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I am tired of my rental property, but don’t want to lose the investment. Are there any options?
Now, we’re definitely proponents of rental properties. We love rentals. We have some of our own, as well as we manage them for hundreds of clients.
Now, at some point in time, there may be situations where the investor grows weary or tired of a rental property for various reasons. Some people experience tenant turnover, increased maintenance costs, you may have a roof that needs to be replaced, which can eat into your returns. There’s a lot of different things that can happen, and for some, even some bad experiences that they weren’t planning on happening, and one of the first things that they look to do is to sell that property. They usually sell it the traditional way. Well, if you wanna look and see what other options you have as far as keeping it as an investment and not putting those funds into other possibly more volatile investments, we want to talk to you about some options.
So, there are options. The first one, of course, is if you’re managing the property on your own, you can turn it over to a property manager. The property manager will handle the day-to-day and help keep that investment in place for you, where you can step away and not have to deal with it as much.
The second option, which is a little bit more hands-off and it allows for a few different benefits the rental property doesn’t provide, is it provides increased cash flow, upfront appreciation capture, which means instead of waiting 10, 20, 30 years to capture the appreciation, you get it right on day one, no maintenance, no tenants, no turnover. So what we’re talking about here today is converting from being the landlord into being the bank, being the lender through seller financing.
So, what is seller financing? So, in a nutshell, seller financing is that the seller agrees to take payments over time with interest and with a sizeable down payment. Essentially, converting from a landlord to being the bank. Or, you can even buy properties and resell them offering seller financing, where you convert it into a note, into a loan that the buyer’s making installments payments. I’m gonna go into a little bit more detail on that.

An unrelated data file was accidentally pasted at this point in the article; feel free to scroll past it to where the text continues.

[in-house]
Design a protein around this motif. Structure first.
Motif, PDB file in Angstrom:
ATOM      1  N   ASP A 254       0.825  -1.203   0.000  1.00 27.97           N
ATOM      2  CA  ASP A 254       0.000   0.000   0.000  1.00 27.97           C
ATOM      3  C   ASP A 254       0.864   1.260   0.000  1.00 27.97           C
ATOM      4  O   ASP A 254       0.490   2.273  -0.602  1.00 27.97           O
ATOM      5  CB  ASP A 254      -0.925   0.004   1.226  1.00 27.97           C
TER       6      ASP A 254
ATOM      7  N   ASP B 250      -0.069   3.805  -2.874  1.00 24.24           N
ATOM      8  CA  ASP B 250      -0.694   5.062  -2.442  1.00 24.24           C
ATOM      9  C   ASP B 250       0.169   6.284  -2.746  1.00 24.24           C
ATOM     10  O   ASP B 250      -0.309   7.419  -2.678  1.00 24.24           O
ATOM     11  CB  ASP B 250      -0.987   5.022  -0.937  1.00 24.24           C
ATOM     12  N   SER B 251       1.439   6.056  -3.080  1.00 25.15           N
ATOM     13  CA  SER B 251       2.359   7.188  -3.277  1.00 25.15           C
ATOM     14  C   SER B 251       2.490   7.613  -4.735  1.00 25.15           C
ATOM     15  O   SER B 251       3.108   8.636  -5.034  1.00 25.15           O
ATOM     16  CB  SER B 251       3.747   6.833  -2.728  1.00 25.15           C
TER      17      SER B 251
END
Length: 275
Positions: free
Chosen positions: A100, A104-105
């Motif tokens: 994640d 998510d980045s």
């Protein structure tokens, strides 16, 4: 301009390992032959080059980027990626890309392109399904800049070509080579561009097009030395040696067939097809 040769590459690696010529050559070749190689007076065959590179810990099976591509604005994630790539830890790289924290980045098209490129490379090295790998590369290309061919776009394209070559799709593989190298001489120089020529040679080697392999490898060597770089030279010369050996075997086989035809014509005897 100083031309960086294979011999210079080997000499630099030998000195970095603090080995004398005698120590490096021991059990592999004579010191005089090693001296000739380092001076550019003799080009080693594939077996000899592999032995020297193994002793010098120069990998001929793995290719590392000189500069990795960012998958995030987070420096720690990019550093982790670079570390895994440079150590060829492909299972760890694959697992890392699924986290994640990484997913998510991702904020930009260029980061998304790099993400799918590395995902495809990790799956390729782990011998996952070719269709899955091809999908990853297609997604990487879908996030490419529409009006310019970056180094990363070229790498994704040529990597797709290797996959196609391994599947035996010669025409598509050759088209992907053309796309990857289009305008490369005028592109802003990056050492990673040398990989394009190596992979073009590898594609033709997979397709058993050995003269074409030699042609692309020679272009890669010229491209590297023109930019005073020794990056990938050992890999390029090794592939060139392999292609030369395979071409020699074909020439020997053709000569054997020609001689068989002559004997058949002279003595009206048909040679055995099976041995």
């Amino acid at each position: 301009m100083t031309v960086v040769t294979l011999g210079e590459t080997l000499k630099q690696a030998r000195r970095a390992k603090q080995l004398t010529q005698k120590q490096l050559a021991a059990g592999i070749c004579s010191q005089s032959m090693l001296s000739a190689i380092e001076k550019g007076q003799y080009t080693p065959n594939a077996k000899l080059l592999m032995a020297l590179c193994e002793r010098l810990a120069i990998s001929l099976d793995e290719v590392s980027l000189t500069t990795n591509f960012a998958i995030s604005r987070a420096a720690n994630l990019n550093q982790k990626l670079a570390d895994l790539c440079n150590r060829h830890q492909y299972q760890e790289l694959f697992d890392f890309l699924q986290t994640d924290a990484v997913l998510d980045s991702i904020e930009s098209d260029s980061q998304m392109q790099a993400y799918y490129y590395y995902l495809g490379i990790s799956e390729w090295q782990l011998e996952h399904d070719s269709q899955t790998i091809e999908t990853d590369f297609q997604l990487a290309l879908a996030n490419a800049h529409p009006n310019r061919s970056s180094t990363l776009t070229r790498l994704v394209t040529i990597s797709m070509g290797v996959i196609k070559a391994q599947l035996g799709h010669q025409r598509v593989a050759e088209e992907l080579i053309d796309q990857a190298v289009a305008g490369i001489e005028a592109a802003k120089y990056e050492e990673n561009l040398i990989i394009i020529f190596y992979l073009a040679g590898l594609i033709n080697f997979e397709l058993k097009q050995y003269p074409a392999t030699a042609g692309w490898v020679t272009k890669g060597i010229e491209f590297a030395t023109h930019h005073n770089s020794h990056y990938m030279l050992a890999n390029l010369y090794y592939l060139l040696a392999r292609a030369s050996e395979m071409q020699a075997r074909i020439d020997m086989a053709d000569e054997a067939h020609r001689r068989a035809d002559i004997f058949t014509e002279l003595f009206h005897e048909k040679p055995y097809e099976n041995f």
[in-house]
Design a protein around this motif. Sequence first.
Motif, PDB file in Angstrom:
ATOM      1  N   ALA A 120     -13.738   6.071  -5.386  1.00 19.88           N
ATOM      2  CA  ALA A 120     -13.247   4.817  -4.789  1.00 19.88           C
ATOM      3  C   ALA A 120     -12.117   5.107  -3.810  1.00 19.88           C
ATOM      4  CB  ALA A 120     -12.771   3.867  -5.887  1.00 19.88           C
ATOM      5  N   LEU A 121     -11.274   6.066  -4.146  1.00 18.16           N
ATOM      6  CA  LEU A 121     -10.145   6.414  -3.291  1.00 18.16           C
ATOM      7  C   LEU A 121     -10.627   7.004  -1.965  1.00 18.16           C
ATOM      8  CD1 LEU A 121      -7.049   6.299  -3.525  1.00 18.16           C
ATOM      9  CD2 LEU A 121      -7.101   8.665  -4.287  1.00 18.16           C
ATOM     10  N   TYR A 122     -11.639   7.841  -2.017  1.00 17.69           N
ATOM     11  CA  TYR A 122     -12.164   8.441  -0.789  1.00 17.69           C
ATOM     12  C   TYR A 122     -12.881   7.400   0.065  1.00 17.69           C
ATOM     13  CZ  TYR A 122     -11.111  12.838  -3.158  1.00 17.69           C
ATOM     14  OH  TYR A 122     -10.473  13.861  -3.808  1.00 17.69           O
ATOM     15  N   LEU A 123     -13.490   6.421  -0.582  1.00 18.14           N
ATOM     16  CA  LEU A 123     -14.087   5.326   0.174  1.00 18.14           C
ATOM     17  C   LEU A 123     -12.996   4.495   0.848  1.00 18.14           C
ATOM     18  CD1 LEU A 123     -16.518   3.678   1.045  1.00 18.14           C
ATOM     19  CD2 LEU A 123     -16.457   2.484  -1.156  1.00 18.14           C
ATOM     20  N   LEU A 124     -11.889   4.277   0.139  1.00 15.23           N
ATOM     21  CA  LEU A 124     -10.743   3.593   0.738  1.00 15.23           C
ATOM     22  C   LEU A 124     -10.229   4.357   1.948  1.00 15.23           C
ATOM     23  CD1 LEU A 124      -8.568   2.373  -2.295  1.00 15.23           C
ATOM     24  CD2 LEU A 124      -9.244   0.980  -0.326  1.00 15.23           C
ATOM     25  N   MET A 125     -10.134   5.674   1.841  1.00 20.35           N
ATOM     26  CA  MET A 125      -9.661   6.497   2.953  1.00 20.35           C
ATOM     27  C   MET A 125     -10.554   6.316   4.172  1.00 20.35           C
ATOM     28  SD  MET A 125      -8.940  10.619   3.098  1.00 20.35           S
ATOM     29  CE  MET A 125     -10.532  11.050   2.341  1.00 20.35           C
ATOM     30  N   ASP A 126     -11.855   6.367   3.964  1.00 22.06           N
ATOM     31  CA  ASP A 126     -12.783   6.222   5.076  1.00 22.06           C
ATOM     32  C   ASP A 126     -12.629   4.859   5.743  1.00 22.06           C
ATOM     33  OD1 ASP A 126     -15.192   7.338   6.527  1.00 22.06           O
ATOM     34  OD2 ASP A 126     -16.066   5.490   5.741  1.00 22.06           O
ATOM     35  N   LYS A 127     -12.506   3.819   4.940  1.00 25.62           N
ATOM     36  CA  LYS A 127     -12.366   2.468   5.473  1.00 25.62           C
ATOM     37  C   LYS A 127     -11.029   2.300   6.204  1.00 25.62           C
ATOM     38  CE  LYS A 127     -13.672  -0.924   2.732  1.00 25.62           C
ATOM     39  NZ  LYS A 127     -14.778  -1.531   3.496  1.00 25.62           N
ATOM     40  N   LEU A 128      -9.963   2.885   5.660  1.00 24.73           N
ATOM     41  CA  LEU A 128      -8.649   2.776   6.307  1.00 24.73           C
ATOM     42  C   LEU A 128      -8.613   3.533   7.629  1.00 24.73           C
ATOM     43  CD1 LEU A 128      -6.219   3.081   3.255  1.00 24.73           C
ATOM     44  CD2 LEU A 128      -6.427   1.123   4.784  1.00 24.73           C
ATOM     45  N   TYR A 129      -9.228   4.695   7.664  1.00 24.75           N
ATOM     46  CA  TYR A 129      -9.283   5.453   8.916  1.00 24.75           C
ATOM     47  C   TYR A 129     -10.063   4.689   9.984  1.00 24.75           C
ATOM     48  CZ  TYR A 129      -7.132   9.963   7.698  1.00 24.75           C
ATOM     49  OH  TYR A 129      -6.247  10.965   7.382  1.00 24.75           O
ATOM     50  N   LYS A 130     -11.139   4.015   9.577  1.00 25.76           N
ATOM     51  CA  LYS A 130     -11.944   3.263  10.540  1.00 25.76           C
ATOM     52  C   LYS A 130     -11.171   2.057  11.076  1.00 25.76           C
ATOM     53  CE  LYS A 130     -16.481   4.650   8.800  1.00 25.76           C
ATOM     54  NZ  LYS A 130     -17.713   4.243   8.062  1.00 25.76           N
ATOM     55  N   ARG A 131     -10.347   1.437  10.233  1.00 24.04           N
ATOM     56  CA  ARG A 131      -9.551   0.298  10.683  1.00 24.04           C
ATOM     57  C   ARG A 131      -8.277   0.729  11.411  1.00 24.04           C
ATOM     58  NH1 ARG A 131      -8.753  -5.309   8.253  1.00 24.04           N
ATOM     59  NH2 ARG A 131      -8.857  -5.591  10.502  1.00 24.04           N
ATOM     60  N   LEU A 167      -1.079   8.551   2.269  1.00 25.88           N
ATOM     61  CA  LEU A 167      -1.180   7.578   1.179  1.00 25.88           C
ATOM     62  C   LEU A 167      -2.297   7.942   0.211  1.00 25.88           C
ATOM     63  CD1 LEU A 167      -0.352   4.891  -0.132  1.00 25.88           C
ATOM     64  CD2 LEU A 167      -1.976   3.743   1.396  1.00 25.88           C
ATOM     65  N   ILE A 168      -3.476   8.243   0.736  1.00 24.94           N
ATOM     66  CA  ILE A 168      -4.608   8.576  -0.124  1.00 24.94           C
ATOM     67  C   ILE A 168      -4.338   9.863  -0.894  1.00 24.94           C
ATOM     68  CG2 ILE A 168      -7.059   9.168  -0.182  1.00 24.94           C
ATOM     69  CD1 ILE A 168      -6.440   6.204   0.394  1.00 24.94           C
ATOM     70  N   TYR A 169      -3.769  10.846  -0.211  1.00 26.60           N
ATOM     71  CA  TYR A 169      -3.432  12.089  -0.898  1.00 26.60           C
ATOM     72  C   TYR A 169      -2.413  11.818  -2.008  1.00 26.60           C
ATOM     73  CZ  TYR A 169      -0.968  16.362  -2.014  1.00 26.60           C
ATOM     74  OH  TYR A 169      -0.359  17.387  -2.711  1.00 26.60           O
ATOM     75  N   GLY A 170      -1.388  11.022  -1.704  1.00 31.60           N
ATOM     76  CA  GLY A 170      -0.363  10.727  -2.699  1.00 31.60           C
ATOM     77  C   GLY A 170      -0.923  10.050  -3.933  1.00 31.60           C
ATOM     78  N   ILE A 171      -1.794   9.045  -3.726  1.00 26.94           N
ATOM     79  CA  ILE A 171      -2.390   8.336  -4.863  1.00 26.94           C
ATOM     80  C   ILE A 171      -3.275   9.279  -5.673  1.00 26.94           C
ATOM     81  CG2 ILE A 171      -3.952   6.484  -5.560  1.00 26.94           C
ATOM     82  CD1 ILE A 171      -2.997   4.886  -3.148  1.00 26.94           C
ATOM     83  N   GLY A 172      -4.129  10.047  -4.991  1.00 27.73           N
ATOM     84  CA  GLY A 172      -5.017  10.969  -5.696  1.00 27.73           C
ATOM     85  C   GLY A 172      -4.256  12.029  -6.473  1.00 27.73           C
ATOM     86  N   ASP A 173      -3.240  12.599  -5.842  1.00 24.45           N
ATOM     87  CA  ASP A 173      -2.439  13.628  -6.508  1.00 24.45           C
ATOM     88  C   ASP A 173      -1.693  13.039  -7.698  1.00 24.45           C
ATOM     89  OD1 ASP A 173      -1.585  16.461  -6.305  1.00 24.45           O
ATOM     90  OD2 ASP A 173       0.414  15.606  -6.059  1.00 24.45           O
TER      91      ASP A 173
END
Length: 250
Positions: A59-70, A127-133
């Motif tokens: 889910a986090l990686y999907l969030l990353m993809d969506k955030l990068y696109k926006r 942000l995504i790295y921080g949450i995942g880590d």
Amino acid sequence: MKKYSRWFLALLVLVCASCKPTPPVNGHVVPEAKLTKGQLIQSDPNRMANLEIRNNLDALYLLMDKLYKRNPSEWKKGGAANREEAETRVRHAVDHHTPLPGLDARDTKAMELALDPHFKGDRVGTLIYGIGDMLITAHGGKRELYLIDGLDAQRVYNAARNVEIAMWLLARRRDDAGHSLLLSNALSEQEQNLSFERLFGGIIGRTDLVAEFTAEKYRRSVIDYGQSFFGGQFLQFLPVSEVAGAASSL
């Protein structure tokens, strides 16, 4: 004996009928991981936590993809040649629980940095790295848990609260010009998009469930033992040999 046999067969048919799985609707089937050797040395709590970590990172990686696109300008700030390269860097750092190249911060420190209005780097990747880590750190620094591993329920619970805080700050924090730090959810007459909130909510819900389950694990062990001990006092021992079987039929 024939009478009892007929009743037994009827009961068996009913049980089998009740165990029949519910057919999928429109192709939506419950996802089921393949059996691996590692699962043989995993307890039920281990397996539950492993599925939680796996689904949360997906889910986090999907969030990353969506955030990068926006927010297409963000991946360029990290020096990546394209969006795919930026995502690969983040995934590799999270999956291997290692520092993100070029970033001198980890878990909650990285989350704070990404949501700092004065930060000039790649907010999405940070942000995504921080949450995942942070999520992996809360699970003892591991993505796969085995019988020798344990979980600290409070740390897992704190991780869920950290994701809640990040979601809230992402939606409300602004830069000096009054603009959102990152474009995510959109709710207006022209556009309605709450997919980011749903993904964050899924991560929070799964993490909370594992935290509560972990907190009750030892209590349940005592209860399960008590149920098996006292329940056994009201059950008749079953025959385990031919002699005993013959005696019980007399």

So, who could seller finance their property? There’s a lot of different people in different situations that can do this. Anyone wanting to invest in real estate and earn high rates of return, passive monthly cash-flow, large up-front cash payments; those struggling to get consistent returns from the stock market, rental property, or other investment strategies; those trying to sell in the traditional sense, but are unable to due to a lack of demand, lending restrictions or other reasons; and real estate investors not wanting to be responsible for maintenance and repairs. There’s also current or previous landlords who are tired of tenant turnover, city violations, neighbor complaints, or tenants in general. And then, investors who never plan to move into the investment property. So they plan on keeping this long-term as an investment property, and they don’t have any plans of returning back to it. They don’t want to move back to it. So, if you do plan on moving back into your investment property, don’t consider what I’m sharing with you today.
‘Kay. So, who should not sell their property using seller finance? Well, anyone wanting to be a landlord and manage tenants. That can actually be a lot of people who enjoy that process. They like to have the tenant relationship there. Anyone who, at some point, will want to move back into the investment property, like I mentioned. Now, anyone who needs flexibility with their investment property is the third reason why some investors shouldn’t consider seller financing, because seller financing is a sale, and it’s not something that you can just take back. It’s not contract that you can just terminate at the end of a lease agreement, for example, with normal rental properties. So, there’s less flexibility, what’s done is done, and the control of that term is more with the buyer. I’m gonna talk about that.